World Cup 0, pre-season 1

“So you are telling me that you’d prefer to watch Manchester United’s meaningless pre-season tour rather than the World Cup finals?”

The question was a legitimate one and I answered honestly, in the affirmative. It was from a sports editor offering work in South Africa, but I preferred to go to the States and perhaps I’ve enjoyed the World Cup more because I’ve not been there.

Mates and colleagues in South Africa are having a good time – though the distances between venues have caused significant headaches.

There hasn’t been the crime wave which some tabloids predicted, the hosts have been superb, the stadiums too. I preferred to remember my times visiting the stadiums a year ago and sensing the anticipation and excitement of the South Africans - including the lady in the information office at the Durban stadium who was so proud she almost cried. Pleased also because the stadium was taking the name of Moses Mabhida, a former ANC activist.

And I laughed as Jonathan Pearce described Port Elizabeth so favourably, because when I visited in 2008 for the Orlando Pirates v Kaiser Chiefs game, I was advised against walking the streets alone.

The area around the new stadium was dangerous, not that a commentator being shuttled from hotel to venue and reading tourist bumph would know. I can smile at the memory of the two policemen who pulled me over near East London.

“It’s just a random check,” one said before checking my papers, “Relax.” They were bored and, upon realising I was English, wanted to talk football.

“Your newspapers have been writing that we’re all savages,” one said. “Let me tell you, we are the friendliest people around.”

They thought England would do well in South Africa. So did most of the players I interviewed for FourFourTwo in February – major, respected stars who believed that England would reach the semi-finals.

England were third favourites to win the World Cup with British bookmakers. How was a situation of such ridiculous over expectation allowed to develop?

But then who could have predicted this World Cup?

Had you told me that New Zealand would remain unbeaten, Japan would progress from the group stage while France and Italy wouldn’t, I would have questioned your sanity.

And that Lionel Messi and Wayne Rooney wouldn’t score a goal between them, and that Cristiano Ronaldo would be such a disappointment.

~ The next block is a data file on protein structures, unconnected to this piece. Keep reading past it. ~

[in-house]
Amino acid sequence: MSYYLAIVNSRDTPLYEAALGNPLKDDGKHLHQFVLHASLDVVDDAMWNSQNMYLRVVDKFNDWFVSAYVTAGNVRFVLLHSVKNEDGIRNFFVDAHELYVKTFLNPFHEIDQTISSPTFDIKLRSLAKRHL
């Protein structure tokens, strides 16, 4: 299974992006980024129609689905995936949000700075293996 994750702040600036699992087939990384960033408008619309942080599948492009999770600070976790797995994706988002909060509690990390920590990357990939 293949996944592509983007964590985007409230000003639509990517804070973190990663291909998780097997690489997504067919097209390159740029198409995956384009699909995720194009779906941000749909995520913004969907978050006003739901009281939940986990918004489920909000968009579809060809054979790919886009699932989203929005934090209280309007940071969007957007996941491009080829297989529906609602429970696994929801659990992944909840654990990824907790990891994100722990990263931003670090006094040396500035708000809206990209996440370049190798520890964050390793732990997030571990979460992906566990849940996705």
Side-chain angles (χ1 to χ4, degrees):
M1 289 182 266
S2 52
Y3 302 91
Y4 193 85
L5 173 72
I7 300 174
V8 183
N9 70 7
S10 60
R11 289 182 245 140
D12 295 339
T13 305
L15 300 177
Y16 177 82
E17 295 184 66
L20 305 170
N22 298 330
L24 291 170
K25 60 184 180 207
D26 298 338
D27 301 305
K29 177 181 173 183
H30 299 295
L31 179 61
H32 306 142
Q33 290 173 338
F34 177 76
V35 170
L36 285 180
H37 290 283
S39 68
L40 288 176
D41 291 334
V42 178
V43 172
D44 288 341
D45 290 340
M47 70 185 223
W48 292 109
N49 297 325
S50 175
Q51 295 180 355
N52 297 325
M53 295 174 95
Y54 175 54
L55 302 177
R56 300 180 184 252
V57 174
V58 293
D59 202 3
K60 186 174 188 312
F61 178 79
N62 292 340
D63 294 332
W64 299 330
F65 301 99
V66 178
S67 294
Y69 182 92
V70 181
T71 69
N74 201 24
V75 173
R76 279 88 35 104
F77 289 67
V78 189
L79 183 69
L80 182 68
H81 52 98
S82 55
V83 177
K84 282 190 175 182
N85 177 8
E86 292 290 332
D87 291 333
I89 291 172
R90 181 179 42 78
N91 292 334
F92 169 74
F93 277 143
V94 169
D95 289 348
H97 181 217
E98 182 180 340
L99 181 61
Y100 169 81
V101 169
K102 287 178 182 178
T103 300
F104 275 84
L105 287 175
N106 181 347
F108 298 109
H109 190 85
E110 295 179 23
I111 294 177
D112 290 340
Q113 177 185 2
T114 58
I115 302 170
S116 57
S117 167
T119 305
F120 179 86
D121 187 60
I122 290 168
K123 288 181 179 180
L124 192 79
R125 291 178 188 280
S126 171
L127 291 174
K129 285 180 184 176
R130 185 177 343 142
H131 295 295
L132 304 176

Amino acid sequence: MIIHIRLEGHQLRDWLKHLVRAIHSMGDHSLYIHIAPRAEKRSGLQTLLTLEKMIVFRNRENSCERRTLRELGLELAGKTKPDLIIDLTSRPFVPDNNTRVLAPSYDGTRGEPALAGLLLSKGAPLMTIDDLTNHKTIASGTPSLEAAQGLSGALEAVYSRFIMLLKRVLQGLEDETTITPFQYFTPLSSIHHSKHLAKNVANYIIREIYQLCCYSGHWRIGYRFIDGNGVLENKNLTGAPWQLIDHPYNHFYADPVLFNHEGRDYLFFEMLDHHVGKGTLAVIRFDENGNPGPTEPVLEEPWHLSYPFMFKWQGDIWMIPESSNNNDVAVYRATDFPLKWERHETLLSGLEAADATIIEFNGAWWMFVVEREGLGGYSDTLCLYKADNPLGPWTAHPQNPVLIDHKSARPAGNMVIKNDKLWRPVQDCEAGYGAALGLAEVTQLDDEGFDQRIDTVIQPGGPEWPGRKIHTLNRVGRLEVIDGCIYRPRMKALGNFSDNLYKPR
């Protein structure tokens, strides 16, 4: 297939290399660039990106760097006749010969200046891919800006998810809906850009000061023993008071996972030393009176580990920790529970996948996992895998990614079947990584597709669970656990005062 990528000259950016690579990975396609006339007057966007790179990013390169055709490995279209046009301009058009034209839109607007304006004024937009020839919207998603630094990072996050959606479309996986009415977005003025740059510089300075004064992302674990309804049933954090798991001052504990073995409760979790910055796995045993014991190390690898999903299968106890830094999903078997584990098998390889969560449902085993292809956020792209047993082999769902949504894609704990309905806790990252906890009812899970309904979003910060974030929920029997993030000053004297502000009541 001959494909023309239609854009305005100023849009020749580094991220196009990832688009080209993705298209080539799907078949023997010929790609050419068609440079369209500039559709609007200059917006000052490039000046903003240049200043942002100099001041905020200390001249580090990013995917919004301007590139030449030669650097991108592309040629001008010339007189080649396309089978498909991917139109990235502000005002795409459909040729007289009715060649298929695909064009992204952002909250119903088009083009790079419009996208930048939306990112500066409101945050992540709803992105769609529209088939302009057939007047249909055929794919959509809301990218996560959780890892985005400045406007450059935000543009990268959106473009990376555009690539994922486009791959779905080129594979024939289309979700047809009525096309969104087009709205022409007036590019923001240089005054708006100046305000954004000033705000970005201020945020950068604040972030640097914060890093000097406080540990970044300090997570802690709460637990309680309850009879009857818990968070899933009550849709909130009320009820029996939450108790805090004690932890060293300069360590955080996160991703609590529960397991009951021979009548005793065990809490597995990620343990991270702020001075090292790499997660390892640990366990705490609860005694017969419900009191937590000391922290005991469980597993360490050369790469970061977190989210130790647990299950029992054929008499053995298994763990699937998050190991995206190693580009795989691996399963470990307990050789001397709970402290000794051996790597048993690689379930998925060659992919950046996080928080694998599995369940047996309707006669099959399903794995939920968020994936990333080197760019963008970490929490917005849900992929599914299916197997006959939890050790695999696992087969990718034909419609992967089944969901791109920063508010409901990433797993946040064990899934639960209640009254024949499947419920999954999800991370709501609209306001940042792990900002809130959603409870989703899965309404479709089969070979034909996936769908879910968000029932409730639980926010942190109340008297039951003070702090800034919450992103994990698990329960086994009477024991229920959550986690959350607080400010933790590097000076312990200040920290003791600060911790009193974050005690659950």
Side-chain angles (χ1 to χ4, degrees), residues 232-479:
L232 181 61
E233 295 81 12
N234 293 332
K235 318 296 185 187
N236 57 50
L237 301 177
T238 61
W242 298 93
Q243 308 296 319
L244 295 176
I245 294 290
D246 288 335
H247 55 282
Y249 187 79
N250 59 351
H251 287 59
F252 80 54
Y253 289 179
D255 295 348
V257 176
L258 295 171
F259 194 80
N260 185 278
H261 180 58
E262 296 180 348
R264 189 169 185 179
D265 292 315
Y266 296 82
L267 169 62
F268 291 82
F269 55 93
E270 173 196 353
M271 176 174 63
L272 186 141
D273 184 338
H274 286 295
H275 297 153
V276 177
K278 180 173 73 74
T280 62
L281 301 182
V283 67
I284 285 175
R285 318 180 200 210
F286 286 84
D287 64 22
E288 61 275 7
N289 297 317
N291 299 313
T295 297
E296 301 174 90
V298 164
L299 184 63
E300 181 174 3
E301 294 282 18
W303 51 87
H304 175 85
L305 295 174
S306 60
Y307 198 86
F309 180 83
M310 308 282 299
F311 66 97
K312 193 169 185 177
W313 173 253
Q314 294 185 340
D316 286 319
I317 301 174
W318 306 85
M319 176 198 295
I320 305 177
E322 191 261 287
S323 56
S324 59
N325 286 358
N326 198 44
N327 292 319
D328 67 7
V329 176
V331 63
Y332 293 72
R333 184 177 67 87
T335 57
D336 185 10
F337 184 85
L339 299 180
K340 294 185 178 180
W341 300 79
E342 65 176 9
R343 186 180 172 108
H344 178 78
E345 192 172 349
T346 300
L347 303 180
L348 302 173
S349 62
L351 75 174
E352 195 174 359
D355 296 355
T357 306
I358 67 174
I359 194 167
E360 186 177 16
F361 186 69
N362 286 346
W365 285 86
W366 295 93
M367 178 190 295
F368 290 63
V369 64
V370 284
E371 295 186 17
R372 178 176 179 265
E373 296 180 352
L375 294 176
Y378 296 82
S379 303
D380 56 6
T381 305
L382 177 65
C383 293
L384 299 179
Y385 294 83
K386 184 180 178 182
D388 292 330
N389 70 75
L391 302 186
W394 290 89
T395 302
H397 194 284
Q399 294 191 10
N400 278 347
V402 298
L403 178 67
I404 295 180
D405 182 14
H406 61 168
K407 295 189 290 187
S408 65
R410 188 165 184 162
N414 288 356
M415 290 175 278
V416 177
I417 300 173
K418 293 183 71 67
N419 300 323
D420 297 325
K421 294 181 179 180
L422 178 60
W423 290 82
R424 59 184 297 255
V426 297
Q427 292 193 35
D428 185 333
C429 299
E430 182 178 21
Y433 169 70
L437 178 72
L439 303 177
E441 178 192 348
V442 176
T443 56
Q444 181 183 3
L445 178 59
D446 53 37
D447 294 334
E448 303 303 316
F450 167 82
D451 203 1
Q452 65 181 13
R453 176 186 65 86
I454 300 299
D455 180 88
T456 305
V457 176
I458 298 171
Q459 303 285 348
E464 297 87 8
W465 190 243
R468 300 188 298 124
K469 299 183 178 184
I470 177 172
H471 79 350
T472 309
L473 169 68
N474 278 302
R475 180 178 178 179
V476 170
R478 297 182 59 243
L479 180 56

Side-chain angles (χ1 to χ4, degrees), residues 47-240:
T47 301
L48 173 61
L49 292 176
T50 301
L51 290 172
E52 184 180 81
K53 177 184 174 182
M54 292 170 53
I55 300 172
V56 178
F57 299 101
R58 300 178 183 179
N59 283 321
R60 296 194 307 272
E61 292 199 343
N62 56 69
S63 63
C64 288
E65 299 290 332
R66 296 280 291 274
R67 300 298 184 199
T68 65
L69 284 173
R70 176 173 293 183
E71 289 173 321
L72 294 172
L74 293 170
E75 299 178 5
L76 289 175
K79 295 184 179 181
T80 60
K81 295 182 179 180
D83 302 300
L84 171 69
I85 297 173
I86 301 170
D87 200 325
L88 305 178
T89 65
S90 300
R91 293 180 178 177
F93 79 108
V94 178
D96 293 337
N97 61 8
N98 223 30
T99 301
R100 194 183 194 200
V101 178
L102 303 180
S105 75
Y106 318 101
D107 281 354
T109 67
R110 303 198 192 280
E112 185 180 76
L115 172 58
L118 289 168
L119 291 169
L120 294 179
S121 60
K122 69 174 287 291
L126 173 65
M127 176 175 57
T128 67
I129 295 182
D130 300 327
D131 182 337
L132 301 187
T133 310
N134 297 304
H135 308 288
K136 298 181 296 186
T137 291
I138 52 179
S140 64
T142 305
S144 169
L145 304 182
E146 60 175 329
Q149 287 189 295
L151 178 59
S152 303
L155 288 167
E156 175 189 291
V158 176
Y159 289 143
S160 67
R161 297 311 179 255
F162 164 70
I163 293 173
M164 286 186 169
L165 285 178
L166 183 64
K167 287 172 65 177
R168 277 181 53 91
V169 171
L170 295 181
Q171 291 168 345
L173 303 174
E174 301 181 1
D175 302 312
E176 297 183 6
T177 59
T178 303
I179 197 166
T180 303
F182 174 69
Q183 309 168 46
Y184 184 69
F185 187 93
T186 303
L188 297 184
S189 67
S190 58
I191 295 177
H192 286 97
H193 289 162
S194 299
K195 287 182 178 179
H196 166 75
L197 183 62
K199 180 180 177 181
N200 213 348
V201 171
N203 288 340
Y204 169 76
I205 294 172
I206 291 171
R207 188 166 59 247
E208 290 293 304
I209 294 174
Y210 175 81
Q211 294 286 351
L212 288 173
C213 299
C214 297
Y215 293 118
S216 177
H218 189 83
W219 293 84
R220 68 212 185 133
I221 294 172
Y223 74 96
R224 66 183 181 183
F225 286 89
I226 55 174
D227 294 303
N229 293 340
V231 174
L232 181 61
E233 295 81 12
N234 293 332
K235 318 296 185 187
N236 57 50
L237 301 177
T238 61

If Netherlands lose the final on Sunday it would make New Zealand the only unbeaten team in the World Cup finals. They have two players who are not even professionals.I’ve watched it all from afar because I needed a rest and to recharge after a season travelling to over 70 live games. South Africa is not an easy country to move around either. It’s vast and beautiful, but you can’t just jump on a train and be in a neighbouring city in an hour, unless you are travelling in the Soweto, Johannesburg, Pretoria corridor.

I didn’t like the greed evident before the finals either. Even in these times of a weak sterling, South Africa is great value for tourists. Yet flights from Europe doubled and trebled in cost and hotels got greedy.

Prices were sufficiently high to affect ticket sales in Europe and they were dropped as hotel rooms remained unsold. I hope Brazil learns from these mistakes in 2014 and looks at the longer term rather than just going for a quick buck.

Instead of the World Cup, I’m going to drive across America in a few weeks following Manchester United, writing as I go along and making three short films about the trip.

I’ll start in Philadelphia, where United play on 21st July, then travel west through Pittsburgh, Dayton, Manchester (Ohio) and St Louis for the second game in Kansas City.

Then I’ll turn south and head into Texas for the third game in Houston against an MLS All Stars team, but not before staying with the 70s England international Gordon Hill who now lives in Dallas.

In the club versus country argument, there’s only ever been one winner for me.

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